Editor Andrea Fiano's monthly letter to you, the reader.
FEBRUARY 2020 | VOL. 34 NO. 2
Nobody can claim that the new decade started out dull. Consider just a few of the key geopolitical and economic forces at play in the first weeks of 2020: tensions in Iraq, tensions between the US and Iran, tensions between the US and China (relieved a bit by a phase-one agreement), and a major confrontation on climate change at the Davos summit.
Uncertainty, accompanied by social and civic unrest in many countries, is widespread. The recent upswings of financial markets could prove to be deceptive or ephemeral. Any executive knows that the current global and regional risks have to be taken into account in decision-making.
We chose to focus our cover story on Europe and its future for several reasons, including the fact that Brexit will certainly reshape the European Union, impacting its strength and its functionality. With widespread pessimism about many aspects of Europe, from technology to growth, one wonders if the Old World risks a “lost decade”—like Japan in the ’90s—or whether, on the contrary, it will get stronger, even finding a way to take advantage of the changing global landscape, and become more cohesive post-Brexit.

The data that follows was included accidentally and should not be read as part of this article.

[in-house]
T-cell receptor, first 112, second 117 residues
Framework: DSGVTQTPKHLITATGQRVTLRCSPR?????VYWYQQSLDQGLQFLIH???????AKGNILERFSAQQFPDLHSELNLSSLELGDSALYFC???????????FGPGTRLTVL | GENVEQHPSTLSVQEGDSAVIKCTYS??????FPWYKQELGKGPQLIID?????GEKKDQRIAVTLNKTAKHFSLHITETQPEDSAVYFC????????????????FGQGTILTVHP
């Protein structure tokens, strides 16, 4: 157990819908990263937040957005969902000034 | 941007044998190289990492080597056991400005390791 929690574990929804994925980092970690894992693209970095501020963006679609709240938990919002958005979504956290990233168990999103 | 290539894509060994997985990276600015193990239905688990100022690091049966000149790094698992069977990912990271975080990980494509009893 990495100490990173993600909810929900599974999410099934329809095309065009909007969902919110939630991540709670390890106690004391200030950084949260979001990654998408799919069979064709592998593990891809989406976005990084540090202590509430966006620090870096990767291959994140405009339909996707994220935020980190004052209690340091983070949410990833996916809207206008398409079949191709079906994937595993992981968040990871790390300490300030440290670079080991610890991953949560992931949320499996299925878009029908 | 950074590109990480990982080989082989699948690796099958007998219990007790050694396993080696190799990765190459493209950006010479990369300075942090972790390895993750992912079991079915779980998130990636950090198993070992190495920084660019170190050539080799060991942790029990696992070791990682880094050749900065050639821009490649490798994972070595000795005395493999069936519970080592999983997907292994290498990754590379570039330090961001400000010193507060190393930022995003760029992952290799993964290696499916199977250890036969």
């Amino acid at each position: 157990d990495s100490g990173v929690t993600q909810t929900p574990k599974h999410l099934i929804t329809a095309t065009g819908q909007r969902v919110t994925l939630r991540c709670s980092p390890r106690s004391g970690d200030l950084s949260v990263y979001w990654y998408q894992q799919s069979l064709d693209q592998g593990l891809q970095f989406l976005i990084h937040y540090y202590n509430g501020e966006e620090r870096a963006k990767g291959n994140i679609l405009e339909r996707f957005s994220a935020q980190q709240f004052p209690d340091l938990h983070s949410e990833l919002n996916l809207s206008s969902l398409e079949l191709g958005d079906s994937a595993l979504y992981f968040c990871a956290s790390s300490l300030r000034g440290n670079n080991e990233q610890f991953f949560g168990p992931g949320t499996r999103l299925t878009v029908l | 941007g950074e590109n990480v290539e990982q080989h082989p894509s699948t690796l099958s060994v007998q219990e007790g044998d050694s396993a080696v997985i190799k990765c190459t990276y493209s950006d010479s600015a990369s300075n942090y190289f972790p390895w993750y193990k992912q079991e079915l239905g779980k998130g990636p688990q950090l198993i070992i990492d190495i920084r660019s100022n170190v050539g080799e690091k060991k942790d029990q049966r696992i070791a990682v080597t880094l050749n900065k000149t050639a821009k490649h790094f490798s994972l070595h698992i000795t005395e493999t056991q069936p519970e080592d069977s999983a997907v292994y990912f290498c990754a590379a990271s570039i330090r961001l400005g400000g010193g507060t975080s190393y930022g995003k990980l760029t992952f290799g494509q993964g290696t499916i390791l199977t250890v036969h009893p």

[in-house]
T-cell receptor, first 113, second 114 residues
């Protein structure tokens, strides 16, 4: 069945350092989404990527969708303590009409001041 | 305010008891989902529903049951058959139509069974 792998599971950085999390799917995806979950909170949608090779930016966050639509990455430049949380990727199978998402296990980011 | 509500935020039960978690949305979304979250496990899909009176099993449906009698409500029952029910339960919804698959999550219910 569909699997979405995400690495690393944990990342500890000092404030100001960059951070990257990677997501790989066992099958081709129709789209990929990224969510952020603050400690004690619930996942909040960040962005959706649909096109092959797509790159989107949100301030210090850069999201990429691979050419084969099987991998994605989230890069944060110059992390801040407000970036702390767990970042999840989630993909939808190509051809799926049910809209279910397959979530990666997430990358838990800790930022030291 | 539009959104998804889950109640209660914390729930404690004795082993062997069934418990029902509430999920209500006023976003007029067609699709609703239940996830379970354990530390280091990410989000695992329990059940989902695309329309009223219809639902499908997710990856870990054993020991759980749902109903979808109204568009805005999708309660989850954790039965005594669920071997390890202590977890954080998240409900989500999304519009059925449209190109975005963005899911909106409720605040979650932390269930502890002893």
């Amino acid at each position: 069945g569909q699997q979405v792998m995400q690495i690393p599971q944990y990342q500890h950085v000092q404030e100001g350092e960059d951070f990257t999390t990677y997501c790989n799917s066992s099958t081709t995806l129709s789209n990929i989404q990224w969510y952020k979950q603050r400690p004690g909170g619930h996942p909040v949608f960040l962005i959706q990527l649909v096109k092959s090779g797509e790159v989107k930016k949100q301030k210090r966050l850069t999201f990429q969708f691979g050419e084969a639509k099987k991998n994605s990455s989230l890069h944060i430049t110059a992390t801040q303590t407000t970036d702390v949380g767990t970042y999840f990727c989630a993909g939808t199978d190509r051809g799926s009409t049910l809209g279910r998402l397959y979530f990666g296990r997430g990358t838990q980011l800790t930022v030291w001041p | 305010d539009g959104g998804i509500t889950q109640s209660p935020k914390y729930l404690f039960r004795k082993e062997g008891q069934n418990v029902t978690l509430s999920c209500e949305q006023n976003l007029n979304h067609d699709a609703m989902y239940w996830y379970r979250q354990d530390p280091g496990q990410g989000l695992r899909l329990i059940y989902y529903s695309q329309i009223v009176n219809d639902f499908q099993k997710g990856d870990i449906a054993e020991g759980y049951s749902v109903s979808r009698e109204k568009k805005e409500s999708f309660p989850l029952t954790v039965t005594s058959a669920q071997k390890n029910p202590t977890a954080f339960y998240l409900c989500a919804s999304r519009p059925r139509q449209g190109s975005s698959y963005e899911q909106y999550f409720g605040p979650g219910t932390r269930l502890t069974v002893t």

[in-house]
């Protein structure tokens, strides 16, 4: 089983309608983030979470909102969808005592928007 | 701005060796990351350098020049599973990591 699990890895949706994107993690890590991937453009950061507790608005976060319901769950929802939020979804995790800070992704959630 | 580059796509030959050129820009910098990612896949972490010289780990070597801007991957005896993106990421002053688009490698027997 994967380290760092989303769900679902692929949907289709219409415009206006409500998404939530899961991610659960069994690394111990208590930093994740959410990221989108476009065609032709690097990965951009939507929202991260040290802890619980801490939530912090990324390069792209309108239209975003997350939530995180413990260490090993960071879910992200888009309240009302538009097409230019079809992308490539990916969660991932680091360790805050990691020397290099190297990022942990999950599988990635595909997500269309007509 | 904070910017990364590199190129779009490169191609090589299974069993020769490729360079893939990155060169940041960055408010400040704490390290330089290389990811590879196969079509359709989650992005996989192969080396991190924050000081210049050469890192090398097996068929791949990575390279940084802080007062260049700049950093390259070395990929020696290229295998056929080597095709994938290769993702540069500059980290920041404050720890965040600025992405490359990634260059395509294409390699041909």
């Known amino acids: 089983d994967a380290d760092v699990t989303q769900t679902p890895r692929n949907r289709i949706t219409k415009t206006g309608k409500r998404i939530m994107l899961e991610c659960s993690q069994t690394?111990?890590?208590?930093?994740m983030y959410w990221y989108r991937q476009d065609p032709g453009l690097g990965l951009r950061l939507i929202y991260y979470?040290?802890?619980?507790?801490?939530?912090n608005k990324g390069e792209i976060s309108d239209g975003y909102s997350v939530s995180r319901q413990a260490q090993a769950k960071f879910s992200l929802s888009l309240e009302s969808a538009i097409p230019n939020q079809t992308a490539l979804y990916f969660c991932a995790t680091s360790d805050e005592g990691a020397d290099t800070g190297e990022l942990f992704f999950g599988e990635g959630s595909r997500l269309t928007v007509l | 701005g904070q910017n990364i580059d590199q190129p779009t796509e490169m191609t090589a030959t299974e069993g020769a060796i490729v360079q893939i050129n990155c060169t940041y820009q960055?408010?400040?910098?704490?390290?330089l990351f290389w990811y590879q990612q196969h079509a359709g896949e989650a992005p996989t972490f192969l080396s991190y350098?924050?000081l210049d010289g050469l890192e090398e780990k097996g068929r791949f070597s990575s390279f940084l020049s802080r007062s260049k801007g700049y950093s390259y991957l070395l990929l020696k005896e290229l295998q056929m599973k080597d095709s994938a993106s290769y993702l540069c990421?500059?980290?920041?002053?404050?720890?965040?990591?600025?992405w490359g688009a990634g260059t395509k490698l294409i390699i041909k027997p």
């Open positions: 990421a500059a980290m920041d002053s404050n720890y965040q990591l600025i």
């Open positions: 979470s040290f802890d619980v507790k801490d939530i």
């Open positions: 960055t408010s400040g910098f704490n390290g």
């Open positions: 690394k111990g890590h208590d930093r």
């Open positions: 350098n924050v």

To the informative analysis by Laurence Neville we have added an interview with Columbia University professor Anu Bradford, author of The Brussels Effect: How the European Union Rules the World, published this month. The book describes how the EU has—unexpectedly—been a leader in global regulation, as many European standards have become the de facto standards worldwide.
Overall, the discussion of Europe’s future growth and unity—and of the potential of the European Central Bank under the new leadership of Christine Lagarde—suggests that what currently appear to be weaknesses could emerge as strengths, and that some of the EU’s recent achievements are easily overlooked. Maybe the Brussels Effect will expand from regulation to other areas. The jury is still out, and the decade has just started.